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Birds of Prey

‘Birds of Prey’ is another in a very long line of superhero movies. Whereas in the early to mid 20th Century Westerns were all the rage, in the early 21st Century it’s sci-fi or superhero films. Coupled with the rise of anti-hero figures, the genre has boomed. ‘Birds of Prey’ is a reasonably entertaining mid-range entry in this cycle. Filled with colourful ladies doing wicked deeds that should easily please its target audience.

After breaking up with her deranged lover the Joker, equally dangerous criminal Harley Quinn (Margot Robbie) is at a loose end. While forlornly roaming around Gotham City, she meets the Huntress (Mary Elizabeth Winstead) and Black Canary (Jurnee Smollett-Bell). Both are vigilantes determined to bring down evil crime Lord Black Mask (Ewan McGregor). The trio of femme fatales aim to clean Gotham’s dirty streets no matter how explosive things become.

As with most in the genre, ‘Birds of Prey’ is a huge spectacle. Lots of action and amazing set designs are on full display. In this regard, ‘Birds of Prey’ succeeds in offering an authentic comic-book experience. It’s a visual feast that attempts to distract from the clunky script and uneven performances.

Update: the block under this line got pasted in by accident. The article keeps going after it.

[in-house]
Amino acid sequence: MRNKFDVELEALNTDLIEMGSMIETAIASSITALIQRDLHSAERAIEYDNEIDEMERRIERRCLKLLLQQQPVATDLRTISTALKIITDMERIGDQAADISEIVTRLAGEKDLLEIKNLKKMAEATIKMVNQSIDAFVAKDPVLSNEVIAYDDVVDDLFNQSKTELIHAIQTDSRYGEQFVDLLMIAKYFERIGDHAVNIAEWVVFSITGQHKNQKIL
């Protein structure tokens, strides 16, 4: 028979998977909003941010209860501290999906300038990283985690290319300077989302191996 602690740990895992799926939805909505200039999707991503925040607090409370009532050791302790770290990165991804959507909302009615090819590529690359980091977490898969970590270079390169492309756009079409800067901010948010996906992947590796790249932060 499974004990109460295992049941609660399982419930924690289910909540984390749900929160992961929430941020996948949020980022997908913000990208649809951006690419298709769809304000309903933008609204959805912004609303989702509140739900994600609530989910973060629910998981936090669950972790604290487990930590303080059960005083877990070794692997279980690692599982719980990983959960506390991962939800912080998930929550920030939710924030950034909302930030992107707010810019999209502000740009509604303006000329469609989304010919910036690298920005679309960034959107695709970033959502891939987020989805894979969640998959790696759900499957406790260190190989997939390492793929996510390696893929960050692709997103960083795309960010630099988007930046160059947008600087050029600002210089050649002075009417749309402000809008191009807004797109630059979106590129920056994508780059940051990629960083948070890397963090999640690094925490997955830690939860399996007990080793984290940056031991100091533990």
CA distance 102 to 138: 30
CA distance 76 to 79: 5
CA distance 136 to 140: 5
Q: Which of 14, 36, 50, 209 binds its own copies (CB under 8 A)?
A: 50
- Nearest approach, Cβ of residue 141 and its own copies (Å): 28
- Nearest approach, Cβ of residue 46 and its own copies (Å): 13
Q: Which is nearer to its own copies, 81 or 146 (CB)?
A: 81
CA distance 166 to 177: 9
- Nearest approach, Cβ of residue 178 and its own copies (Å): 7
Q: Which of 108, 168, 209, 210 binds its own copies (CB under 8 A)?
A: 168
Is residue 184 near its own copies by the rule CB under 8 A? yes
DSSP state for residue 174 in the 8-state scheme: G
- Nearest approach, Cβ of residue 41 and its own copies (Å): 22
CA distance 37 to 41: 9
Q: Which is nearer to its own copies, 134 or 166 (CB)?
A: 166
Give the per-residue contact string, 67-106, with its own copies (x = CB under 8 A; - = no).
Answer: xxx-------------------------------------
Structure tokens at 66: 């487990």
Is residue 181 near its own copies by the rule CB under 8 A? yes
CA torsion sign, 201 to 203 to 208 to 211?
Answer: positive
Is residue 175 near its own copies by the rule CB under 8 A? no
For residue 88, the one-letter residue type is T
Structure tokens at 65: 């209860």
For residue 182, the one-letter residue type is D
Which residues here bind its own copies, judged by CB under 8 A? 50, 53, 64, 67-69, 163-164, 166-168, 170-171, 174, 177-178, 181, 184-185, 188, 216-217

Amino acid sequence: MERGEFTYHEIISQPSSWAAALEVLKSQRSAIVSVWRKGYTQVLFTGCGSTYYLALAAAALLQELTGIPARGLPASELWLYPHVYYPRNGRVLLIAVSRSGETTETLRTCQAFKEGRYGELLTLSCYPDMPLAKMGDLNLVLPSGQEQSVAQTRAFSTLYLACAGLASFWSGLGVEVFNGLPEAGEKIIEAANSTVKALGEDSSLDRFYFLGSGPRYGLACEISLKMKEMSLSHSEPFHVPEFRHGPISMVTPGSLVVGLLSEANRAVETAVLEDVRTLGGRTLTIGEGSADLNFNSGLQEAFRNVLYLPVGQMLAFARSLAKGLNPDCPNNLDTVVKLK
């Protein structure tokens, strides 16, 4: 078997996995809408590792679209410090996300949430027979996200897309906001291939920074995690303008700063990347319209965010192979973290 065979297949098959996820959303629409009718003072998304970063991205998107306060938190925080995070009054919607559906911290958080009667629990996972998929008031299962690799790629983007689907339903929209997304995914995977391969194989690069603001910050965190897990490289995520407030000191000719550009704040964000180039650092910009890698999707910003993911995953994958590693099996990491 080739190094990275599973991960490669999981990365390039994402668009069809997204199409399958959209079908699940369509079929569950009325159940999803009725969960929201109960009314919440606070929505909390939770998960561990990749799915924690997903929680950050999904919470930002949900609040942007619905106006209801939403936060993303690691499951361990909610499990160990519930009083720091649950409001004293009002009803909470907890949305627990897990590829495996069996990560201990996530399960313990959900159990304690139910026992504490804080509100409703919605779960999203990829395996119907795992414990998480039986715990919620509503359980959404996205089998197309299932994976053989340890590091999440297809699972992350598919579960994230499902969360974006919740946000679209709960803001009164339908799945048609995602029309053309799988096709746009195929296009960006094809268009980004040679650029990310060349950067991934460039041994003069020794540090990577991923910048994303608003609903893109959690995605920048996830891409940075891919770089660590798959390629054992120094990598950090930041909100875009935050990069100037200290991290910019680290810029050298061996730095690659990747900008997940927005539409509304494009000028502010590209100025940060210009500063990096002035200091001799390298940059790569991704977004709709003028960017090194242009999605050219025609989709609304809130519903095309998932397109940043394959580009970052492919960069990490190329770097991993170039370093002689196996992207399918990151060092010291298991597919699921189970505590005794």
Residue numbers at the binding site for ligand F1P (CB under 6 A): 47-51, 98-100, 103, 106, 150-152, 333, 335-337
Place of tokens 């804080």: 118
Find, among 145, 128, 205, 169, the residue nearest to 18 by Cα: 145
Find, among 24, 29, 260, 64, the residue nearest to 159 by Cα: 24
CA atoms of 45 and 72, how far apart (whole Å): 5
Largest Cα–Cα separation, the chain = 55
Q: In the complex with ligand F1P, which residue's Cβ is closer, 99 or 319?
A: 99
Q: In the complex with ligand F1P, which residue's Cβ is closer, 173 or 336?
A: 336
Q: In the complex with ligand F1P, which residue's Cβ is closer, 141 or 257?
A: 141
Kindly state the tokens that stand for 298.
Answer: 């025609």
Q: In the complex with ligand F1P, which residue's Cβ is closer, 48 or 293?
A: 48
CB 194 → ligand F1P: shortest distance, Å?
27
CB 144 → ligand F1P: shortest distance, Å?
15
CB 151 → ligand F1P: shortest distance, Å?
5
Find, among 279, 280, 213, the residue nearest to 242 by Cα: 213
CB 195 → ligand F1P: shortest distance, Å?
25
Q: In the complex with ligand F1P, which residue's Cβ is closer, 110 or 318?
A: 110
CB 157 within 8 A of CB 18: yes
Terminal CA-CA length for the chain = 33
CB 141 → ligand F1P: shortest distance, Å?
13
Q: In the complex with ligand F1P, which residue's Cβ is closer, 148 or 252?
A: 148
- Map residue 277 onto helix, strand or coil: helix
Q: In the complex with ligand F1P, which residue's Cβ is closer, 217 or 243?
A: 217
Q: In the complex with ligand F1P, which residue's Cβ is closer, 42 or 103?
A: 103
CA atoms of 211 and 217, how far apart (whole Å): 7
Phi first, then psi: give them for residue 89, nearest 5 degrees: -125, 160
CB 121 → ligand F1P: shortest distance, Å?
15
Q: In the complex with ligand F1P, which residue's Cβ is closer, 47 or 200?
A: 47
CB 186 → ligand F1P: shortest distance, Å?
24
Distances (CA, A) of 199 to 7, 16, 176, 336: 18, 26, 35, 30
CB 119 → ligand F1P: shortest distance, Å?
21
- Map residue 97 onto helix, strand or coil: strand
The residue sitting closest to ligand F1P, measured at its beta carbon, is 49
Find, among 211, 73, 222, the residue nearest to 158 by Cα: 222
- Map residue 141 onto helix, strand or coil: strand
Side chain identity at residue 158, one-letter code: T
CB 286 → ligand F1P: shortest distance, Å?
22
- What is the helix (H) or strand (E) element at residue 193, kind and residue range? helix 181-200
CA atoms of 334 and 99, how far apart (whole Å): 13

Despite Robbie’s enthusiastic rendition of Harley, she and her fellow actors are let down by poor pacing and a jumbled narrative. ‘Birds of Prey’ never knows if it’s a comedy, drama or something else. This stylistic hybrid doesn’t fully work and often takes you out of the story. To their credit, Robbie and company give it their all and join in the physical antics with aplomb.

‘Birds of Prey’ could have been much better. The screenplay needed more work with more depth needed. Audiences can accept a complex script if done well with ‘Birds of Prey’ not being nearly as brave as its characters in delivering a consistently fiendish time.

Rating out of 10: 5

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